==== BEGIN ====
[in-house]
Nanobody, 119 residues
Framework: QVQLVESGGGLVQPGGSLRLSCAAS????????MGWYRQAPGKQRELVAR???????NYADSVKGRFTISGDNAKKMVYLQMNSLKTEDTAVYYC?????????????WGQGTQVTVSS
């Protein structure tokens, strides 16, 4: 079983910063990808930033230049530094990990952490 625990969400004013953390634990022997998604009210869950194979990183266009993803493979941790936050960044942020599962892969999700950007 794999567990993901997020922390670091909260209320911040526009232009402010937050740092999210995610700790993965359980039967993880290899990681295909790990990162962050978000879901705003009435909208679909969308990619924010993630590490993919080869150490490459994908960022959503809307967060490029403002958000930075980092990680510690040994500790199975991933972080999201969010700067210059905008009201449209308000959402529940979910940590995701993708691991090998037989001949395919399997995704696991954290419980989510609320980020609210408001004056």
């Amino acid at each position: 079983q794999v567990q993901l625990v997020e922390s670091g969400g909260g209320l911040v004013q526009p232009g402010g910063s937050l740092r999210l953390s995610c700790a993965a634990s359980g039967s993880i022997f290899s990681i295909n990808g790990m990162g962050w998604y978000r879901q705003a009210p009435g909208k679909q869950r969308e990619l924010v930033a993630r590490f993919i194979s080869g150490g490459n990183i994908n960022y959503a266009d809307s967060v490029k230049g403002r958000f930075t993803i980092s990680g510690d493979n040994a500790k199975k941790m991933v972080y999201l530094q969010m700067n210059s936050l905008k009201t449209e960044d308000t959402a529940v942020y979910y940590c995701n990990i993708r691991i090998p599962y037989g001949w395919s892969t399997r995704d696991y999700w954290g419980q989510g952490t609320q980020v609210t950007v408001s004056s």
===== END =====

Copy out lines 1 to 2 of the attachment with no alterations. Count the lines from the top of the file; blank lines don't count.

[in-house]
Nanobody, 119 residues